A Fordham cybersecurity conference was the site for a White House announcement today that a new presidential directive will shore up the federal government’s response to cyber threats.
The new policy delineates the role that government agencies will play going forward in preventing and responding to potential as well as active cybersecurity incidents, said Lisa Monaco, assistant to the president for homeland security and counterterrorism. She made her remarks at the opening session of the International Conference on Cyber Security (ICCS), cosponsored by Fordham and the FBI.
“[The policy] commits to unifying the government’s response across agencies, and it emphasizes that our response will be focused on helping victims of cyber incidents recover quickly,” Monaco said.
“This directive establishes a clear framework to coordinate the government’s response to such incidents. It spells out which federal agencies are responsible. And it will help answer a question heard too often from corporations and citizens alike—in the wake of an attack, who do I call for help?”
The FBI will lead responses to any immediate threat (just as it does in cases of terrorism, Monaco said) to find out whether those responsible are terrorists, other countries, or criminals.
The Department of Homeland Security will assist the victims of an attack or intrusion, supplying federal resources to aid recovery and providing technical assistance to protect the attacked organization’s assets, bring systems back online, and decrease vulnerabilities.
Finally, the newly formed Cyber Threat Intelligence Integration Center (CTIIC), which operates under the Director of National Intelligence, will serve as the point agency for all cyber-related intelligence. Having a single entity integrating and analyzing this information will allow for more rapid and streamlined efforts to disrupt threats, Monaco said.
“In all these efforts, the framework we apply when considering the use of cyber operations is quite similar to how we approach other operations in the physical world. Any actions we take must be consistent with our values, and after we assess the potential for collateral damage and consider other potential options. We consider the likely reaction of the target, our allies, and other countries who may be affected, and we consider whether the effects of a cyber operation could lead to escalation and greater conflict,” she said.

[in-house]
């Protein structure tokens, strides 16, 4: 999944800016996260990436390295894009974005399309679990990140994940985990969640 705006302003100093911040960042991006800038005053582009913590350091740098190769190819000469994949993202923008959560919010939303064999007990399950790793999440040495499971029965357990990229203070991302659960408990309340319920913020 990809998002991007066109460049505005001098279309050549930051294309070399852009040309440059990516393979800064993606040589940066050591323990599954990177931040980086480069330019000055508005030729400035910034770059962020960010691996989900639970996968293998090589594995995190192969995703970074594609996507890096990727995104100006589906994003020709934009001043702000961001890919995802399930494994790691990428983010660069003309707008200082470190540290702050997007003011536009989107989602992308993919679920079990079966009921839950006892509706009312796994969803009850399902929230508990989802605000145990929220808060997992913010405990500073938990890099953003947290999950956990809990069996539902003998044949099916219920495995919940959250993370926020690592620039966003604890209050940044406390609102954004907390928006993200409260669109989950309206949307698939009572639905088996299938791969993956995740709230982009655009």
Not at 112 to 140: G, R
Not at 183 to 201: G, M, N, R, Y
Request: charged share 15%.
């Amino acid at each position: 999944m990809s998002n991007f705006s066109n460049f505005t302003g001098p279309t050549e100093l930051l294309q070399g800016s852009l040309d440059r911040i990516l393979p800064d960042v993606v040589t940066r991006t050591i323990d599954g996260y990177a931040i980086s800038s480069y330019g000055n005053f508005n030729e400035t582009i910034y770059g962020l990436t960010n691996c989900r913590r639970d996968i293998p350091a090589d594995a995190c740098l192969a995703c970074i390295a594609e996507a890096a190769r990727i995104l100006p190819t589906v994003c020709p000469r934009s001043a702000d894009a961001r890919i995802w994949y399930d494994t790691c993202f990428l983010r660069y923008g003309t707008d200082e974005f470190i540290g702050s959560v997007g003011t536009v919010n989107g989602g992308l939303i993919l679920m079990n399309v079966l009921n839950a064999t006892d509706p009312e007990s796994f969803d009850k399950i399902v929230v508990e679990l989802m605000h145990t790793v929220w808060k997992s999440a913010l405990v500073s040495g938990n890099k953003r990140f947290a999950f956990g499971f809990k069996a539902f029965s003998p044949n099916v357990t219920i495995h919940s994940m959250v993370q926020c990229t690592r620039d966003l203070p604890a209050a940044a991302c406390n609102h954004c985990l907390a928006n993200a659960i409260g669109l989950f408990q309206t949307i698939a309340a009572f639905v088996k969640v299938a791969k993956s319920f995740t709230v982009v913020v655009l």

“I believe we can do this. Humans invented cyberspace and we can manage the challenges it generates. Over the past seven and a half years, we’ve made tremendous progress. The framework and actions we’re putting in place today are another strong step forward.”
Monaco’s announcement followed the keynote address from James Trainor, assistant director of the FBI’s cyber division, who stressed the importance of collaboration in the face of cyber threats.
Trainor cited the U.S. Intelligence Community’s annual Worldwide Threat Assessment, which for the last three years has ranked cyber threats as the No. 1 danger to national and economic security—a “bigger [threat]than standard forms of espionage and bigger even than terrorism,” Trainor said. “From where I stand, the issue is getting worse by the day.”
For this reason, it is critical to form strong partnerships among law enforcement, government agencies, and the private sector. The faster that a cyber threat or attack is reported to the FBI, the faster that those responsible can be caught and evidence preserved.
“We need to use indictments, engagements with foreign partners, diplomatic pressures, sanctions, technical disruption operations, and even actions taken at the World Trade Organization-level with trade operations,” Trainor said.
“In my view, pressure works… Our adversaries know we will come after them in more ways than one. The FBI is doing everything it possibly can at every level to make it harder for cyber criminals to operate. I believe that many of them are starting to think twice before putting their fingers on the keyboard.”